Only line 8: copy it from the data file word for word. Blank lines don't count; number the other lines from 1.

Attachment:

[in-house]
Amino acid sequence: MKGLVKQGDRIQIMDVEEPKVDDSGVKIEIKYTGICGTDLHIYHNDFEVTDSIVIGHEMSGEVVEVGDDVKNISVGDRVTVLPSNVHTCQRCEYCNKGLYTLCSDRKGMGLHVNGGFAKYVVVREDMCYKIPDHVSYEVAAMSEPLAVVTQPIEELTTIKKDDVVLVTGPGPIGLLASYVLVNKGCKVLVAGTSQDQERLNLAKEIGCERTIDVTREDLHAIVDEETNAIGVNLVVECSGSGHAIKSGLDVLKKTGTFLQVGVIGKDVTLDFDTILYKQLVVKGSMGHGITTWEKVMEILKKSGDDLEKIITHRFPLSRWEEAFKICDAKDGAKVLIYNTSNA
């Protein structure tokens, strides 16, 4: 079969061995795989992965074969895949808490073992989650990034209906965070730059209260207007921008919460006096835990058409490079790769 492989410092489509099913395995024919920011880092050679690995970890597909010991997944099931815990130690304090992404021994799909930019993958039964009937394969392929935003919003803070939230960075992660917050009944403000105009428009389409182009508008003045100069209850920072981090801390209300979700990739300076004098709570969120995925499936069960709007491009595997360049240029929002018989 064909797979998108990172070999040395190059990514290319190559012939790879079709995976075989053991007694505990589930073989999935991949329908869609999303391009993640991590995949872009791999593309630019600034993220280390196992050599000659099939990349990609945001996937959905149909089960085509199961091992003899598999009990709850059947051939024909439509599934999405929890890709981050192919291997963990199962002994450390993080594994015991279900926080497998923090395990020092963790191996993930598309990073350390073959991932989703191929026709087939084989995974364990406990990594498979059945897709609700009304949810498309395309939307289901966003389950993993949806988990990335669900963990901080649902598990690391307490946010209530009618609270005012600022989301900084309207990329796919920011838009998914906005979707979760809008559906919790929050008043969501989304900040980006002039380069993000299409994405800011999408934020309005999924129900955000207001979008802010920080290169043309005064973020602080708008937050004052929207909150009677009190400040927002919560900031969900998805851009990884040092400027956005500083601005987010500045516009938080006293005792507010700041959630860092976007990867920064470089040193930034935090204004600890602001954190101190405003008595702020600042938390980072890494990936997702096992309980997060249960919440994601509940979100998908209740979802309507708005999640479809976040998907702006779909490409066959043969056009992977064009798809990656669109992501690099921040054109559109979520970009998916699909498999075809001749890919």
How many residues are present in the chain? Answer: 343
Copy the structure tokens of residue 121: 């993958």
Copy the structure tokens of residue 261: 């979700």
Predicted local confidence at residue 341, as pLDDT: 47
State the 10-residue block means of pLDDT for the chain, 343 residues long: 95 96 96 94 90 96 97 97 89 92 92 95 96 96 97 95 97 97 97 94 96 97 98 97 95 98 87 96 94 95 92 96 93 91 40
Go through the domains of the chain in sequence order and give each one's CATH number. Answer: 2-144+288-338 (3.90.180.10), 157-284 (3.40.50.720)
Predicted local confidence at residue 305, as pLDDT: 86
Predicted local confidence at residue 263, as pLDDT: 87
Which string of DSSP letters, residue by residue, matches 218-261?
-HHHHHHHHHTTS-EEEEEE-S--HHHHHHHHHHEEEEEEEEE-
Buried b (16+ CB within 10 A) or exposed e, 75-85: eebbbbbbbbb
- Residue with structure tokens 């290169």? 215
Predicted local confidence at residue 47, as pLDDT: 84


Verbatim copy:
State the 10-residue block means of pLDDT for the chain, 343 residues long: 95 96 96 94 90 96 97 97 89 92 92 95 96 96 97 95 97 97 97 94 96 97 98 97 95 98 87 96 94 95 92 96 93 91 40